Washington Park
Cincinnati, Ohio
Project Owner: Cincinnati Park Board
Designer: Human Nature Inc.

Washington Park lies at the heart of Cincinnati’s Over-the-Rhine neighborhood, which was built by German immigrants who affectionately referred to the Miami-Erie Canal that divided the neighborhood from the business district as the “Rhine.” What followed was a series of well-known historic factors: anti-German sentiment after World War II, increasing popularity of automobiles, a subsidized housing boom, the federal voucher system, and, ultimately, decaying buildings, high vacancy rates, and crime. Washington Park followed suit, suffering through decades of disinvestment and criminal activity.

Recognizing the value of the neighborhood’s historic buildings and the negative impact of crime on the business district, the Cincinnati Center City Development Corporation (3CDC) and the city of Cincinnati began to turn the neighborhood around, ultimately leading Washington Park through a $48 million renovation that would transform the neighborhood.

Today the eight-acre (3.2 ha) park attracts people with its varied features, including a grand civic lawn the size of a football field that can accommodate 10,000 people, a 30-by-22-foot (9 by 7 m) open-air performance stage at the north end of the green that overlooks the entire park, a 7,000-square-foot (650 sq m) water feature with 130 pop jets, a renovated Civil War–era bandstand, and a fenced dog park. A half-acre (0.2 ha) fenced playground has features based on historic Cincinnati structures symbolizing the city’s rich heritage, including a play castle, a climbing wall, a sandbox, dual slides, a canal boat in a stream, and musical instruments.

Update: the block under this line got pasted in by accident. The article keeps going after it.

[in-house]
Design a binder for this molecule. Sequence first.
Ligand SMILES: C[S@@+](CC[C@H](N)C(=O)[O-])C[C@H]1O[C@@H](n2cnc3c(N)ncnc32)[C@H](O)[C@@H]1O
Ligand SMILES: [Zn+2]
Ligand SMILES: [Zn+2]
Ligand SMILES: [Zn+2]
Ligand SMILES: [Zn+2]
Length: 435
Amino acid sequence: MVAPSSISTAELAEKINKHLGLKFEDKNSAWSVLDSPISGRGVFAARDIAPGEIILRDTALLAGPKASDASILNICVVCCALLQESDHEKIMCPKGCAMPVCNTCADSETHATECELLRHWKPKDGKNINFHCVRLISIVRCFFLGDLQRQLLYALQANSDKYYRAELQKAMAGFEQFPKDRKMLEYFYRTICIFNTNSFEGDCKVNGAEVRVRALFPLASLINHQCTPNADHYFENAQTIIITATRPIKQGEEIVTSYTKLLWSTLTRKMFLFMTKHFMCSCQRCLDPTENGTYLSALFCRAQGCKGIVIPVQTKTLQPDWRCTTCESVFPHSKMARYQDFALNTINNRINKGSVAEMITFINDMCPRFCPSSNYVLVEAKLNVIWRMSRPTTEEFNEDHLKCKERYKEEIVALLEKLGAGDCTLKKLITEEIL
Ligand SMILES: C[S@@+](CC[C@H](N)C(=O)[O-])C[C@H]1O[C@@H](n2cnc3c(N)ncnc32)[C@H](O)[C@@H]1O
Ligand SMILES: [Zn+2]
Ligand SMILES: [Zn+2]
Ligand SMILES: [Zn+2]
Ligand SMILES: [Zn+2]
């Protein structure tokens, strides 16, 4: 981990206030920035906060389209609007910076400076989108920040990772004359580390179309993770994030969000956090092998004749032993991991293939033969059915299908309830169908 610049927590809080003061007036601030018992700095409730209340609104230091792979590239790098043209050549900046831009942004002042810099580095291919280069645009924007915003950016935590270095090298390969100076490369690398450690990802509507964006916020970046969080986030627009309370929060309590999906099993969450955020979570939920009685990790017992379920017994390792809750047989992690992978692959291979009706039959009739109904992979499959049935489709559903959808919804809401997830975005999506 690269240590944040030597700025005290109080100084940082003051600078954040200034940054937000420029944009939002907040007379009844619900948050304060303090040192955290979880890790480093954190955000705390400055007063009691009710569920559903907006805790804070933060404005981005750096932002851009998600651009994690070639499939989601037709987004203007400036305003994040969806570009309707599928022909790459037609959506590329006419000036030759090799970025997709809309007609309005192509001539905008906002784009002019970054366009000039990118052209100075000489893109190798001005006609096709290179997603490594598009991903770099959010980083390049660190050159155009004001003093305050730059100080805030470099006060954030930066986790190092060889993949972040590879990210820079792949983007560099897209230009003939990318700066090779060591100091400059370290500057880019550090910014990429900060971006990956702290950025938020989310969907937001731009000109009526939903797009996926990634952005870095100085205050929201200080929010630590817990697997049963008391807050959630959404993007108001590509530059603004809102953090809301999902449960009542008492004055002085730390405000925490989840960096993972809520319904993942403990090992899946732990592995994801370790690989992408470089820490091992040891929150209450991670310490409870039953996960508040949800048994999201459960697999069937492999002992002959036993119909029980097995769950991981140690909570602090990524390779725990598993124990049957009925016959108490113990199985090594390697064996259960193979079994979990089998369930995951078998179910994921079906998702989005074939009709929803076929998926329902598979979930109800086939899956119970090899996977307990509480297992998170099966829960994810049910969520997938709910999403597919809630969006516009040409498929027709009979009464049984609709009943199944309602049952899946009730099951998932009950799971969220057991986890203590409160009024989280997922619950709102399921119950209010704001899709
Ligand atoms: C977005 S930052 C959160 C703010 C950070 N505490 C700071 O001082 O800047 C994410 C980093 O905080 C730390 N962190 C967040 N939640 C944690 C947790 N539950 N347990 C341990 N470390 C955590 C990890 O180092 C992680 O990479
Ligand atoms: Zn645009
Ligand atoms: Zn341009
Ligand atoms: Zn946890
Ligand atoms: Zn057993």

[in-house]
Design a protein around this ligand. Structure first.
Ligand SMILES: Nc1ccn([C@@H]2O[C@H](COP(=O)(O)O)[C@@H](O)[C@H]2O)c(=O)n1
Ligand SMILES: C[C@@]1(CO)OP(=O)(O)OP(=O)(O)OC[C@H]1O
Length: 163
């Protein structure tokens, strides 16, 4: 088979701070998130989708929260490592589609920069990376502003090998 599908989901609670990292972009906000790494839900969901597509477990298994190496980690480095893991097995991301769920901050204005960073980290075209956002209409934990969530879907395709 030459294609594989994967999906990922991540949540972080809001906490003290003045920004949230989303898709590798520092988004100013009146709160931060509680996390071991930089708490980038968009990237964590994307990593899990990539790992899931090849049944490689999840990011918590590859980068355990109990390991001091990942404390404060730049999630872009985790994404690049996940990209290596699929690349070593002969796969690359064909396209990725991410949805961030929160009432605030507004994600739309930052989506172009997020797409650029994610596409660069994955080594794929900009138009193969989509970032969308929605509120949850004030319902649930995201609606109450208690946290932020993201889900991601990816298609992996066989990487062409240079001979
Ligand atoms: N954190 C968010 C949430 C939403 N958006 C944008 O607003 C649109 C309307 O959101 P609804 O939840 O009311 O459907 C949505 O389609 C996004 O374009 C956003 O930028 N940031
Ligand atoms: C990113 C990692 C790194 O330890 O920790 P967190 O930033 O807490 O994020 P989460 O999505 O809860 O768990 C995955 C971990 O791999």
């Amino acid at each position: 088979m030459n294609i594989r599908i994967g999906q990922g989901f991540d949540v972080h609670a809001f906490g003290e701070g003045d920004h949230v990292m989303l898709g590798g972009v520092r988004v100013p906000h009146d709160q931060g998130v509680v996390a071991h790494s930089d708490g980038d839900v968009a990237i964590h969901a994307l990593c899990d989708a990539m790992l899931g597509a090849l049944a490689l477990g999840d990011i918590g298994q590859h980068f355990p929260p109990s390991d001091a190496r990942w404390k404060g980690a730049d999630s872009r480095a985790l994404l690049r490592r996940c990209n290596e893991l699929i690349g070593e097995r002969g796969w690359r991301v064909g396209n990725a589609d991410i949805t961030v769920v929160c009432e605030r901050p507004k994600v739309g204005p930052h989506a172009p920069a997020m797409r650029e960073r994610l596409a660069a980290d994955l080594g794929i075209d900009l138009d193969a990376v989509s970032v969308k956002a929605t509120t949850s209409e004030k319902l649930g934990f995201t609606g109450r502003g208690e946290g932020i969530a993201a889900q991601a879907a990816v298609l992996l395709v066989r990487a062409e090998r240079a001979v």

The park is programmed daily throughout the year, attracting an estimated 750,000 visitors annually. Reports of crime in the area have been cut in half since 2004, and the surrounding neighborhood has experienced a renaissance over the same period, with 500 new residential units and 130,000 square feet (12,000 sq m) of commercial space either built or under construction.

Renovation of Washington Park included the excavation/construction of a 450-space, two-deck, underground parking garage beneath its northern two acres (0.8 ha), accessible by vehicle ramps as well as three pedestrian portals with both elevators and stairs.

Revenue for the work included $14 million from the city in the form of tax increment financing and grants, a $5 million state urban redevelopment loan, a $2.85 million grant from the state, a $4.5 million loan from the Cincinnati Equity Fund, plus federal new markets tax credit equity from PNC Bank and philanthropic grants. 3CDC operates and manages the parking garage, which generates revenue to pay down the debt created by the renovation. 3CDC also raises sponsorship dollars to program and manage the park with support from the city and the Cincinnati Park Board. UL